• Jackson Hootman
      Jackson Hootman
      April 30, 2020 9:28 am

      Thanks for your comment Will! As for your neutral question, I do plan to continue with this project. As for the summer, my hope is to miniaturize the electronics to embed the entire system in the sleeve of the shirt. This would remove the need for the glove but the capacitive touch sensor would still be required. And as for your permissioned opinion, I completely agree. My goal was to have a gradient from blue to green but it wasn’t as clear as I would have liked given you could only see one side of the shirt. I would also like to add a material that would diffuse the light more efficiently.

      Reply
  • Jackson Hootman
    Daniel Straub
    April 20, 2020 11:57 am

    Jackson, great pivot from developing a device to bring others together to one that encourages social distancing. I appreciate how well you communicated the electrical design as well as displaying your code. Great job prototyping this as well and overcoming those challenges with COVID-19; your prototype did a great job of proving the concept. Your long-exposure shots looked awesome! I do agree with your next steps and what others have said as well: finding a material to diffuse the light and create more of color gradient would be great. I think this would help achieve the flat aesthetic that Instagram incorporates. But, all in all, I was really impressed with your project.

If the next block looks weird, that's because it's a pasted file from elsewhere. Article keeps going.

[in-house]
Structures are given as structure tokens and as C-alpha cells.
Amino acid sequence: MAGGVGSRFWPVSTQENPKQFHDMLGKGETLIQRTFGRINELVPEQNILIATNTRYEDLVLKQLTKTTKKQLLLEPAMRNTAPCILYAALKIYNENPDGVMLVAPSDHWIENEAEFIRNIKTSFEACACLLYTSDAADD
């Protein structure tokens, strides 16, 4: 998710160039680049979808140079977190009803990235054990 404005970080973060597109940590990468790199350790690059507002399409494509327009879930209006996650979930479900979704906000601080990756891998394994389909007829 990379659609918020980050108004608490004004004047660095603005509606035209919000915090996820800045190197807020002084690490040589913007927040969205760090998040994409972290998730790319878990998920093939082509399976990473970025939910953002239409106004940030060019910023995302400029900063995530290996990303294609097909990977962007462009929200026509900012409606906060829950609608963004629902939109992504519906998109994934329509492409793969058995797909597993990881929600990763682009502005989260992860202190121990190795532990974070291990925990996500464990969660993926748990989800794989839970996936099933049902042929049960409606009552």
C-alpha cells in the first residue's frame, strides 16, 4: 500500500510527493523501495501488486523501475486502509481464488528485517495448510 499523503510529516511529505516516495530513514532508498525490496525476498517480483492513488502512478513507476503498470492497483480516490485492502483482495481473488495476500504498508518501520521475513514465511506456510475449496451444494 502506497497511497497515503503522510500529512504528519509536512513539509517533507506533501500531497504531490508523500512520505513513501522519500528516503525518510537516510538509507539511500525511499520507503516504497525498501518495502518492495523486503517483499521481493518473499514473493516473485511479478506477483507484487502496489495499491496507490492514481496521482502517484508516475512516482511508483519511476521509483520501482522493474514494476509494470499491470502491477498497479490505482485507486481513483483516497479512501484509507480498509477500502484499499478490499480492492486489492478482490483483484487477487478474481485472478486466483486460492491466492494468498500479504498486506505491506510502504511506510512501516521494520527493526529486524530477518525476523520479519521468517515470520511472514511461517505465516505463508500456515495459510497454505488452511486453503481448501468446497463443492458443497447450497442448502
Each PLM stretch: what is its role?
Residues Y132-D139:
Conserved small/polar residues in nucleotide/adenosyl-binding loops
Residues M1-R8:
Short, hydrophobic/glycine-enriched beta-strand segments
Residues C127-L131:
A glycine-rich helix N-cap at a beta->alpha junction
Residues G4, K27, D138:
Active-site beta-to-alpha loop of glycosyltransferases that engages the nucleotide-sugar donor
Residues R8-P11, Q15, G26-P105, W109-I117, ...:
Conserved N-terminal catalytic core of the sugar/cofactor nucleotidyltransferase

Reply
    • Jackson Hootman
      Jackson Hootman
      April 30, 2020 9:31 am

      Thanks Danny! I completely agree, I am currently looking for sewable materials that efficiently diffuse light.

      Reply
  • Hey Jackson, this turned out so well! I really like how you pivoted with COVID-19! I personally don’t think you need to get rid of the gloves, but maybe you could imbed the electronics more/make them smaller and less obvious.

    Reply
    • Jackson Hootman
      Jackson Hootman
      April 30, 2020 9:32 am

      Thanks Fiona! My plan is to miniaturize the electronics over the summer with a custom PCB.

      Reply
  • Jackson Hootman
    Jamie Frankel
    April 20, 2020 12:20 am

    Jackson, I love how you changed scope and were actually able to accomplish this task. I think it is so cool that it not only works but that you found a secondary application with the exposure photography. Do you have plans to take this further? Any ideas on how to remove the need for gloves? Great job!

    Reply
    • Jackson Hootman
      Jackson Hootman
      April 30, 2020 9:36 am

      Thanks Jamie! I am hoping to continue this project over the summer. My main goals are to miniaturize the electronics and embed them in the sleeves (eliminating the need for the glove), and to program multiple types of interactions.

      Reply